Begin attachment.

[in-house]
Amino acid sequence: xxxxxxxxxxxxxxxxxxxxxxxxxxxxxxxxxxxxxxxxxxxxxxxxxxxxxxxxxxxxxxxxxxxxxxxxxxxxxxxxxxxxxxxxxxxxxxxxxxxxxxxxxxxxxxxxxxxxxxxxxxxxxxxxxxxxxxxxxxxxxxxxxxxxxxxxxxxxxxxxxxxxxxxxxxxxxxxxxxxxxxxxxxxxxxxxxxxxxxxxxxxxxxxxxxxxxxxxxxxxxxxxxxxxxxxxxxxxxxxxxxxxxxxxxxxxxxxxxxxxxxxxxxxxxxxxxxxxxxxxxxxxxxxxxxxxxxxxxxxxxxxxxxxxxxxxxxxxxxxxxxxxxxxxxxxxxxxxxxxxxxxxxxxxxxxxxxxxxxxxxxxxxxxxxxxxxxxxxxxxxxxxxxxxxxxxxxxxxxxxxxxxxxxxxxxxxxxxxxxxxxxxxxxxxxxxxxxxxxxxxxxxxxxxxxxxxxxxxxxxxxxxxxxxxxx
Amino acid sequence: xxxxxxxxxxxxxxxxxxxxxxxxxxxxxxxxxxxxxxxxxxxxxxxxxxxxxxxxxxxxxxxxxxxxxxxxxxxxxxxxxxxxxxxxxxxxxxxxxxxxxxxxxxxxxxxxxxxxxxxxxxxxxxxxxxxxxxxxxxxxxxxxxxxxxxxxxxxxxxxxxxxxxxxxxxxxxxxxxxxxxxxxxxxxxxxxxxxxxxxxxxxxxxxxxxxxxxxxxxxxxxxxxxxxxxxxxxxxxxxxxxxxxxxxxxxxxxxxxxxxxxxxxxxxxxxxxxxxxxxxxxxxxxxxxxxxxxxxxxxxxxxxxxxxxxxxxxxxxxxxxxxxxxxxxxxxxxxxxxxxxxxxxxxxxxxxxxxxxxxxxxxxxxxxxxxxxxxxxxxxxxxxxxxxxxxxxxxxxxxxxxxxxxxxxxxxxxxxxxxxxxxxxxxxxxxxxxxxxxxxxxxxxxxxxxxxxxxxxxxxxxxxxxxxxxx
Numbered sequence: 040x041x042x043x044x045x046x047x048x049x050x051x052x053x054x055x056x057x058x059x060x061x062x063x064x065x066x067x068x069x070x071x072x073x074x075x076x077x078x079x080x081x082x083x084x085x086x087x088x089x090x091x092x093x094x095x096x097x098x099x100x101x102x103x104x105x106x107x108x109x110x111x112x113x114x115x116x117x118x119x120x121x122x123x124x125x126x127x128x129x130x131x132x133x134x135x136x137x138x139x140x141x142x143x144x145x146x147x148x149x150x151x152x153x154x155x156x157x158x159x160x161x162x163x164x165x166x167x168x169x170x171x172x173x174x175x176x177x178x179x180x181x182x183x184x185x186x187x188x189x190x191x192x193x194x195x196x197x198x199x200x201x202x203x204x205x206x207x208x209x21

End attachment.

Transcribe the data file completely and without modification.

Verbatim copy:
[in-house]
Amino acid sequence: xxxxxxxxxxxxxxxxxxxxxxxxxxxxxxxxxxxxxxxxxxxxxxxxxxxxxxxxxxxxxxxxxxxxxxxxxxxxxxxxxxxxxxxxxxxxxxxxxxxxxxxxxxxxxxxxxxxxxxxxxxxxxxxxxxxxxxxxxxxxxxxxxxxxxxxxxxxxxxxxxxxxxxxxxxxxxxxxxxxxxxxxxxxxxxxxxxxxxxxxxxxxxxxxxxxxxxxxxxxxxxxxxxxxxxxxxxxxxxxxxxxxxxxxxxxxxxxxxxxxxxxxxxxxxxxxxxxxxxxxxxxxxxxxxxxxxxxxxxxxxxxxxxxxxxxxxxxxxxxxxxxxxxxxxxxxxxxxxxxxxxxxxxxxxxxxxxxxxxxxxxxxxxxxxxxxxxxxxxxxxxxxxxxxxxxxxxxxxxxxxxxxxxxxxxxxxxxxxxxxxxxxxxxxxxxxxxxxxxxxxxxxxxxxxxxxxxxxxxxxxxxxxxxxxxx
Amino acid sequence: xxxxxxxxxxxxxxxxxxxxxxxxxxxxxxxxxxxxxxxxxxxxxxxxxxxxxxxxxxxxxxxxxxxxxxxxxxxxxxxxxxxxxxxxxxxxxxxxxxxxxxxxxxxxxxxxxxxxxxxxxxxxxxxxxxxxxxxxxxxxxxxxxxxxxxxxxxxxxxxxxxxxxxxxxxxxxxxxxxxxxxxxxxxxxxxxxxxxxxxxxxxxxxxxxxxxxxxxxxxxxxxxxxxxxxxxxxxxxxxxxxxxxxxxxxxxxxxxxxxxxxxxxxxxxxxxxxxxxxxxxxxxxxxxxxxxxxxxxxxxxxxxxxxxxxxxxxxxxxxxxxxxxxxxxxxxxxxxxxxxxxxxxxxxxxxxxxxxxxxxxxxxxxxxxxxxxxxxxxxxxxxxxxxxxxxxxxxxxxxxxxxxxxxxxxxxxxxxxxxxxxxxxxxxxxxxxxxxxxxxxxxxxxxxxxxxxxxxxxxxxxxxxxxxxxx
Numbered sequence: 040x041x042x043x044x045x046x047x048x049x050x051x052x053x054x055x056x057x058x059x060x061x062x063x064x065x066x067x068x069x070x071x072x073x074x075x076x077x078x079x080x081x082x083x084x085x086x087x088x089x090x091x092x093x094x095x096x097x098x099x100x101x102x103x104x105x106x107x108x109x110x111x112x113x114x115x116x117x118x119x120x121x122x123x124x125x126x127x128x129x130x131x132x133x134x135x136x137x138x139x140x141x142x143x144x145x146x147x148x149x150x151x152x153x154x155x156x157x158x159x160x161x162x163x164x165x166x167x168x169x170x171x172x173x174x175x176x177x178x179x180x181x182x183x184x185x186x187x188x189x190x191x192x193x194x195x196x197x198x199x200x201x202x203x204x205x206x207x208x209x21